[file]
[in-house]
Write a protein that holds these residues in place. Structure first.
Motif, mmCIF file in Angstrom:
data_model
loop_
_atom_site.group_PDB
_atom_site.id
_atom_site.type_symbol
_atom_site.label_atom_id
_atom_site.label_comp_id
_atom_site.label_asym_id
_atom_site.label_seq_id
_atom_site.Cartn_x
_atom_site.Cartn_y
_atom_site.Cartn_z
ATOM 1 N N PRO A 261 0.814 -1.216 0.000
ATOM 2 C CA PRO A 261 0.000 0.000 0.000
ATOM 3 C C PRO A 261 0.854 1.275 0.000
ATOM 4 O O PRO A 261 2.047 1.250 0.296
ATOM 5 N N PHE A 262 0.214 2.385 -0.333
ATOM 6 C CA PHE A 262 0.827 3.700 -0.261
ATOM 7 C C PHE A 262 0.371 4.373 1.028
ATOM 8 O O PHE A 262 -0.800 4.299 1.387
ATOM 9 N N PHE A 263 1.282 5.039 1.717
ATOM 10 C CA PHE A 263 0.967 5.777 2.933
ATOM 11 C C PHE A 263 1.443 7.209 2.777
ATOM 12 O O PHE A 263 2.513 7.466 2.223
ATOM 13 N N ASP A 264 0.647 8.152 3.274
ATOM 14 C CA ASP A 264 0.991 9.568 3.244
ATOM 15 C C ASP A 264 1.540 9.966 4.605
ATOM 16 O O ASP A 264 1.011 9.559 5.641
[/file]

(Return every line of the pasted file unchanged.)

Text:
[in-house]
Write a protein that holds these residues in place. Structure first.
Motif, mmCIF file in Angstrom:
data_model
loop_
_atom_site.group_PDB
_atom_site.id
_atom_site.type_symbol
_atom_site.label_atom_id
_atom_site.label_comp_id
_atom_site.label_asym_id
_atom_site.label_seq_id
_atom_site.Cartn_x
_atom_site.Cartn_y
_atom_site.Cartn_z
ATOM 1 N N PRO A 261 0.814 -1.216 0.000
ATOM 2 C CA PRO A 261 0.000 0.000 0.000
ATOM 3 C C PRO A 261 0.854 1.275 0.000
ATOM 4 O O PRO A 261 2.047 1.250 0.296
ATOM 5 N N PHE A 262 0.214 2.385 -0.333
ATOM 6 C CA PHE A 262 0.827 3.700 -0.261
ATOM 7 C C PHE A 262 0.371 4.373 1.028
ATOM 8 O O PHE A 262 -0.800 4.299 1.387
ATOM 9 N N PHE A 263 1.282 5.039 1.717
ATOM 10 C CA PHE A 263 0.967 5.777 2.933
ATOM 11 C C PHE A 263 1.443 7.209 2.777
ATOM 12 O O PHE A 263 2.513 7.466 2.223
ATOM 13 N N ASP A 264 0.647 8.152 3.274
ATOM 14 C CA ASP A 264 0.991 9.568 3.244
ATOM 15 C C ASP A 264 1.540 9.966 4.605
ATOM 16 O O ASP A 264 1.011 9.559 5.641